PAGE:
Noisecreep speaks to Zombie about ”Lords of Salem,’ His Future Film Projects’ and more
Noisecreep interviews Rob Zombie about The Lords of Salem, his next movie project – the non-horror Broad Street Bullies and, if he could be any other musician or filmmaker in history – who would he be?
Welcome back to Planet Zombie, motherfuckers! To read the interview
Rob Zombie on ‘Lords of Salem,’ His Future Film Projects + Why He Won’t See the ‘Evil Dead’ Remake
by Mike Gitter
Anno 2013. No rest for the wicked, weary or one Rob Zombie. In the space of a mere few days, the Zombie shadow will be once more cast upon the land: in the form of a new Rob Zombie album, Venomous Rat Regeneration Vendor (due April 23) but more profoundly with the unveiling of his long awaited new film, Lords of Salem (April 19). Both are already garnering their fare share of – Shock! Surprise! – enthusiastic word of mouth. The mind boggles and the senses tingle!Not merely has Zombie unleashed a record that huffs in the dust of his 25-year musical existence: from the cyclopean shamble-groove of classic White Zombie to the sexed-up sonic grindhouse oeuvre that’s become the good man’s calling card since hopping in his Dragula with 1998’s Hellbilly Deluxe. As a filmmaker, he’s also stepped up his game, moving beyond the visual single mindedness of his earlier works and concocted a genuinely smart, stylistic horror yarn.Now in his late forties, you get the feeling that this Massachusetts native with a two-headed-monster of a career: equal parts rock icon and cinematic auteur, is having a blast. Not only is he readying for a Summer onstage headlining the Rockstar Mayhem Tour but he’s also prepping at least one new film, The Broadstreet Bullies, his first venture into non-horror-but-equally-violent turf: a hockey flick set in the 1970’s telling the tale of the most despised team in the NHL, The Philadelphia Flyers.Noisecreep hunkered down with Senor Zombie to chat about Lords of Salem and his other cinematic projects. Welcome back to Planet Zombie, motherfuckers!
Growing up in Massachusetts, not too far from Salem itself, what is it about that area that’s fascinated you?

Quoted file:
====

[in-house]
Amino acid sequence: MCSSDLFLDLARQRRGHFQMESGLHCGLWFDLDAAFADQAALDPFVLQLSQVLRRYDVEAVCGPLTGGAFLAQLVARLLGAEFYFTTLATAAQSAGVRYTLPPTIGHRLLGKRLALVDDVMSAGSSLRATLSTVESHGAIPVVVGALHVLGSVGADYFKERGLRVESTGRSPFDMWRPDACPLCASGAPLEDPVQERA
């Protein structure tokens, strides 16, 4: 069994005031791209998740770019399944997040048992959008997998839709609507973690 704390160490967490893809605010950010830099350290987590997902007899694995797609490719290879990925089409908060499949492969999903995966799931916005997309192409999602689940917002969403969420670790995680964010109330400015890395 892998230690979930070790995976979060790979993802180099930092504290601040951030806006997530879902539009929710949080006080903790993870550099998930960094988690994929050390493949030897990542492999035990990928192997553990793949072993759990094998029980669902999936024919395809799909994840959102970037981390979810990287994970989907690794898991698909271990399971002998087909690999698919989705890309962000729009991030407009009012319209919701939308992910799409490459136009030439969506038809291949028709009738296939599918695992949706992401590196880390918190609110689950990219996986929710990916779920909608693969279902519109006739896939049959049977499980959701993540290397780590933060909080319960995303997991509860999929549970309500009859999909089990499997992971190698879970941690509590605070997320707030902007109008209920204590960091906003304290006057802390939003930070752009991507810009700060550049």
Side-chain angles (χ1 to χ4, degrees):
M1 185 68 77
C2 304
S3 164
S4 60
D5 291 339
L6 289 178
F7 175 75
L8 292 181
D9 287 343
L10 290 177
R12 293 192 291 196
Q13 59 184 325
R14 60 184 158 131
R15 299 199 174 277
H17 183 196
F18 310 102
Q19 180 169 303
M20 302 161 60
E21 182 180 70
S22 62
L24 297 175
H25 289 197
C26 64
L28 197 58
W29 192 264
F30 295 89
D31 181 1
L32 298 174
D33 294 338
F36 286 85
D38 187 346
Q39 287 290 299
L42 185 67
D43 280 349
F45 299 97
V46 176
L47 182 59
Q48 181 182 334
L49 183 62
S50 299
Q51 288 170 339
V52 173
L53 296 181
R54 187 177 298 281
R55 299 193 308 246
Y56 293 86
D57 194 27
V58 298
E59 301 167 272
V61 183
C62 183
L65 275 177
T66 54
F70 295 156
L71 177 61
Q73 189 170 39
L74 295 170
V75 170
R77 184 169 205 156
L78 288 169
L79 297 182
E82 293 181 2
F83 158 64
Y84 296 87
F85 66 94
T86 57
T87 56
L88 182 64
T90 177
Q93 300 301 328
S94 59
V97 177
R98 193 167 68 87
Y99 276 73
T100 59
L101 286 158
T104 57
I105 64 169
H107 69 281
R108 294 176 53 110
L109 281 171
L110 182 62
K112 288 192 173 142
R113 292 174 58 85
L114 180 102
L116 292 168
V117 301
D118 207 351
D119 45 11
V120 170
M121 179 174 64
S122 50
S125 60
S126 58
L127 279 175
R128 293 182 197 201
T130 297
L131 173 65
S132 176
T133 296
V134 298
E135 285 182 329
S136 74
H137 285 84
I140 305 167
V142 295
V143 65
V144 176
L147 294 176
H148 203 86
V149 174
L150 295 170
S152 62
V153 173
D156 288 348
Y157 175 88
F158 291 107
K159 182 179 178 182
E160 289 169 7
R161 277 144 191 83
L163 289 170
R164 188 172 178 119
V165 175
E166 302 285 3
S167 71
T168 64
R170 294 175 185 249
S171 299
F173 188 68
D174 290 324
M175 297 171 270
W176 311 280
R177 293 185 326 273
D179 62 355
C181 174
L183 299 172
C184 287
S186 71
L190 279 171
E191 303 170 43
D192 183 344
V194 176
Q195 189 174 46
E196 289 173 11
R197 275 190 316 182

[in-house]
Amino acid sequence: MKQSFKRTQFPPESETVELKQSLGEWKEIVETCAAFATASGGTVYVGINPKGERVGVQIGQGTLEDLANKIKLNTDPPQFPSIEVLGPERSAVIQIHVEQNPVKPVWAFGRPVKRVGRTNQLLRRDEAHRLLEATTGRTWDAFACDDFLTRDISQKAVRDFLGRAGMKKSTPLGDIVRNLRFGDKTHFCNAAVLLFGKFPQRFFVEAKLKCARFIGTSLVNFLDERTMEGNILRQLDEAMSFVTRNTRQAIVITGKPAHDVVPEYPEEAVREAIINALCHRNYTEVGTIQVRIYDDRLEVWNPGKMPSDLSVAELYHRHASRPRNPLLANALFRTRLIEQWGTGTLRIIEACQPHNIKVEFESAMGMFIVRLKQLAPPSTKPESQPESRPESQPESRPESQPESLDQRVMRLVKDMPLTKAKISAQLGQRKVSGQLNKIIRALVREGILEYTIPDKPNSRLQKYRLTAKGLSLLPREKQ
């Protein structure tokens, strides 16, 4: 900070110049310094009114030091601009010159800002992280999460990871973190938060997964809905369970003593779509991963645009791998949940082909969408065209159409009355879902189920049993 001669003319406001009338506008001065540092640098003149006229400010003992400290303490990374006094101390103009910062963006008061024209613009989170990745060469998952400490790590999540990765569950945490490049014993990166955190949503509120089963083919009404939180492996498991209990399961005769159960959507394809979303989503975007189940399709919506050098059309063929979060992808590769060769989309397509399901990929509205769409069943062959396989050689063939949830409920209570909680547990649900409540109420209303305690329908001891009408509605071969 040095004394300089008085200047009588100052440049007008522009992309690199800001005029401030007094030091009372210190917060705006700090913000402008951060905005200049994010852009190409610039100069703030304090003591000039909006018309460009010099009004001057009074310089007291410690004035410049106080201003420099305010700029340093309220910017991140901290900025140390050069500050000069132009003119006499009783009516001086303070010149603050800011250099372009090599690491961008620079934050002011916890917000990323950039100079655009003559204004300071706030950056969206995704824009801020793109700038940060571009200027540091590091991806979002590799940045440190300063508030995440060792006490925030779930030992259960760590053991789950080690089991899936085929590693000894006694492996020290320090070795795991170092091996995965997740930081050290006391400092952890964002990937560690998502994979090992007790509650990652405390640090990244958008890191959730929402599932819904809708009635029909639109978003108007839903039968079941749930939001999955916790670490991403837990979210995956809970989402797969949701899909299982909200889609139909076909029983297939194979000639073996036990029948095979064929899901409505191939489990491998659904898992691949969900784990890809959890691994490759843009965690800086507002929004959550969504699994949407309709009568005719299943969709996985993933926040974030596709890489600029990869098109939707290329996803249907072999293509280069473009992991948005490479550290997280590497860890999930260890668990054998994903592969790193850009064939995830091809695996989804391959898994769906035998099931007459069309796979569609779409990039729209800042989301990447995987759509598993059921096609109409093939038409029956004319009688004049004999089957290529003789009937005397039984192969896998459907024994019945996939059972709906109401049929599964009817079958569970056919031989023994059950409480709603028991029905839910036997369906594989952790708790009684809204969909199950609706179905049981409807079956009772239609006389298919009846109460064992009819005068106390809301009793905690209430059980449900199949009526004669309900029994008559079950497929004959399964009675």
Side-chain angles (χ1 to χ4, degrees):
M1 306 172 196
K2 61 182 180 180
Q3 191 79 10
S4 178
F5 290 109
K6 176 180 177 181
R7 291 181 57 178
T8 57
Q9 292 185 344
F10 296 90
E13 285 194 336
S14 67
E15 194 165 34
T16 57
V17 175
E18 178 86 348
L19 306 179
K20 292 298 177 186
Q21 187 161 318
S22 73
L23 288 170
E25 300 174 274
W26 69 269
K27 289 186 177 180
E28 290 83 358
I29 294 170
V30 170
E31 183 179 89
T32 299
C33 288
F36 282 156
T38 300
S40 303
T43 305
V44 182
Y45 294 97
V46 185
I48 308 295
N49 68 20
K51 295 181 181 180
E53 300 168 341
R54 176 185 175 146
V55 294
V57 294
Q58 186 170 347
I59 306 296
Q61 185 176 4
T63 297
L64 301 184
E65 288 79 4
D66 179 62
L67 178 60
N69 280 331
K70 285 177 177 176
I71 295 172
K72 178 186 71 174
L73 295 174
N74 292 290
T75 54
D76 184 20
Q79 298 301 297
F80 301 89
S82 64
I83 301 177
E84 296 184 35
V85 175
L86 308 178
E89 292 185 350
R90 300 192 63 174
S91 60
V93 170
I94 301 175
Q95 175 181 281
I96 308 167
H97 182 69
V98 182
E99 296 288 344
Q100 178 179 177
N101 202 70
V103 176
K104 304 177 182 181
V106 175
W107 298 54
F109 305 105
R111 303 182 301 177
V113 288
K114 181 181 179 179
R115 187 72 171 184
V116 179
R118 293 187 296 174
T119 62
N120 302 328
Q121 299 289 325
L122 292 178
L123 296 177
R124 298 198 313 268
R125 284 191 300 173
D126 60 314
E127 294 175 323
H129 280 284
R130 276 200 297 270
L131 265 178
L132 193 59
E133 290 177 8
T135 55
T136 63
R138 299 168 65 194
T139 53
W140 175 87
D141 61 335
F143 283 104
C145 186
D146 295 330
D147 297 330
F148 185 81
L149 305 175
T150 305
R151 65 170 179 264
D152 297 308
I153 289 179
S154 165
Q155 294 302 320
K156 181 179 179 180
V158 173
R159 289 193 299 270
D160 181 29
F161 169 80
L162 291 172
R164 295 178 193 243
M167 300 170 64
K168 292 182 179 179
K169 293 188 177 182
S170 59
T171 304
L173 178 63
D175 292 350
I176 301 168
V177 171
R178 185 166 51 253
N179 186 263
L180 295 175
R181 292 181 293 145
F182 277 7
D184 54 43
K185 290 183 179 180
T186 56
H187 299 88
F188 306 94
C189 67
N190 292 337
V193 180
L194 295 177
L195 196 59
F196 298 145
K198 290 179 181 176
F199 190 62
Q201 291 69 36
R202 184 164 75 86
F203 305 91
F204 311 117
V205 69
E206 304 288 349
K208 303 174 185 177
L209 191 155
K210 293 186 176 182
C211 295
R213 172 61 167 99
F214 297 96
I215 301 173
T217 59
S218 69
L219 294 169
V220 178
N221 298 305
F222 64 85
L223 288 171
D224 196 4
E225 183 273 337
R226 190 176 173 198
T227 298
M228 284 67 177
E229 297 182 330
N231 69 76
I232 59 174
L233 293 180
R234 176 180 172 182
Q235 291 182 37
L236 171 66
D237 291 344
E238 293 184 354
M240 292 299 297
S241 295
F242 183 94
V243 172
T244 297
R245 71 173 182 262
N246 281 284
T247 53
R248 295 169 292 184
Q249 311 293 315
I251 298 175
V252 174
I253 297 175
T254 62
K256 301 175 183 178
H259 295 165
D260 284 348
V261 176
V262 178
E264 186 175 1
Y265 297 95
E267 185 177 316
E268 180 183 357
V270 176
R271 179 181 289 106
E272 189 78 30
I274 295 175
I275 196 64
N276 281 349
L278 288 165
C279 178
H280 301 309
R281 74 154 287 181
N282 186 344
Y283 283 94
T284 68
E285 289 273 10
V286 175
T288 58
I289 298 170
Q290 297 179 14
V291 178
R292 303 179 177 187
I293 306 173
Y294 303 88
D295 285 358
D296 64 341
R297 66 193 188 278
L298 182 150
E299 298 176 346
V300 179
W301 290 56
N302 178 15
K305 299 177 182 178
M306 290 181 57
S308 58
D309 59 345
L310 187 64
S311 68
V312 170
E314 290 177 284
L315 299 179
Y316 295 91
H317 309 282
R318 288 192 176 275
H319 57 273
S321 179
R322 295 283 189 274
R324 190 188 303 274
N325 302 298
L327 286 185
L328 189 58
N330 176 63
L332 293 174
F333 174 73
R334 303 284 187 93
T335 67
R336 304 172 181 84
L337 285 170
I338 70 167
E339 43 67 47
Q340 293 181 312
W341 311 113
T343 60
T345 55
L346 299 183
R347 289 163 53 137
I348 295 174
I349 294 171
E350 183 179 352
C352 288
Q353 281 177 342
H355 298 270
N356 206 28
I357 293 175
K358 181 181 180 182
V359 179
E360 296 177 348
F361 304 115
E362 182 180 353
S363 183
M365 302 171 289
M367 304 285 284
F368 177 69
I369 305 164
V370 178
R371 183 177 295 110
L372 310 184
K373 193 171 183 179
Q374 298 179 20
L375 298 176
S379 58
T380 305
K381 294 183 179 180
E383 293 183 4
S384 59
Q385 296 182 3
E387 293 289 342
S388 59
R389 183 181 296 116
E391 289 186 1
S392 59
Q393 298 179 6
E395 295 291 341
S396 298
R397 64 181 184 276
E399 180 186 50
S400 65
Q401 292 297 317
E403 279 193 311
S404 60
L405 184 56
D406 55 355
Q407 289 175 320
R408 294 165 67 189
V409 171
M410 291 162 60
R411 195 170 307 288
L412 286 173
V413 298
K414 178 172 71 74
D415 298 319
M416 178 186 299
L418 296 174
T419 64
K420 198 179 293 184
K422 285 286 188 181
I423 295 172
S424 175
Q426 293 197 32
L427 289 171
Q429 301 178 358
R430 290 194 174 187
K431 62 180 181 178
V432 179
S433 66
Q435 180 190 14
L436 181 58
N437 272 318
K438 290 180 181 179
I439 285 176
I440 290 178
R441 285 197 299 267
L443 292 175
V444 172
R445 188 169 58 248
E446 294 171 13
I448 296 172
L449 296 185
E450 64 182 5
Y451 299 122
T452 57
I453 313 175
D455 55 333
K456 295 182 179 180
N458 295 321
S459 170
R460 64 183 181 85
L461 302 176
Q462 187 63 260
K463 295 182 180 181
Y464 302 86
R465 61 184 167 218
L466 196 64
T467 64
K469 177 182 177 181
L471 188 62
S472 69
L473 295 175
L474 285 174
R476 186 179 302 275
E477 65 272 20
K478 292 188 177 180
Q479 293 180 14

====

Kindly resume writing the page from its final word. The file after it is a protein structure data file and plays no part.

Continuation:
I hadn’t been to Salem since I was a kid and it really wasn’t until I went back and looked around. Massachusetts has a cool Lovecraft vibe you don’t find anywhere else. Being in New England with the ancient cemeteries and churches and gravesites, you get a vibe that you just don’t get in Burbank. [Laughs] I hadn’t really been to Salem in a long, long time so I went back there and looked around and explored it and that’s what really inspired the movie. It’s such a unique town. The architecture, the way the streets are, where the water is. It has a vibe. I knew I wanted to go there and make this movie.
You were definitely were exposed to the vibe of the area from early on. I’ve read interviews where you said you grew up next to cemetery. Is that true?
It sounds like a bullshit story you make up to fit your image or something but there’s a cemetery everywhere in Massachusetts. There were no parks to play in so where did we go play as kids? In a cemetery, of course! We cut through the cemeteries to go back and forth to school. The first school I went to, this brick schoolhouse, was on the edge of a cemetery. You ran past the school and you were in the cemetery. It was always there. You watch movies and you look outside and you’re like ‘Wow, this Hammer film has the same vibe as the town I live in! This is so cool!’ It just kind of fed into it.
At one point you were attached to a remake of The Blob. What were you going to do with that film as a reboot?
The Blob was something that came to me that I wasn’t really sure about. First of all, getting any movie made is close to impossible. My first inclination was ‘I don’t know if I want to re-make The Blob, but I do want to keep making films.’ As the project progressed I just lost interest in the whole thing. I had just done the two Halloween films and I didn’t know if I wanted to do something that was a pre-existing idea. I would have changed it a lot but still, the title is the same. There was something so confining about it that I just walked away from it.
Your next film project is a hockey movie, The Broadstreet Bullies. It’s about the Philadelphia Flyers in the ’70s, right?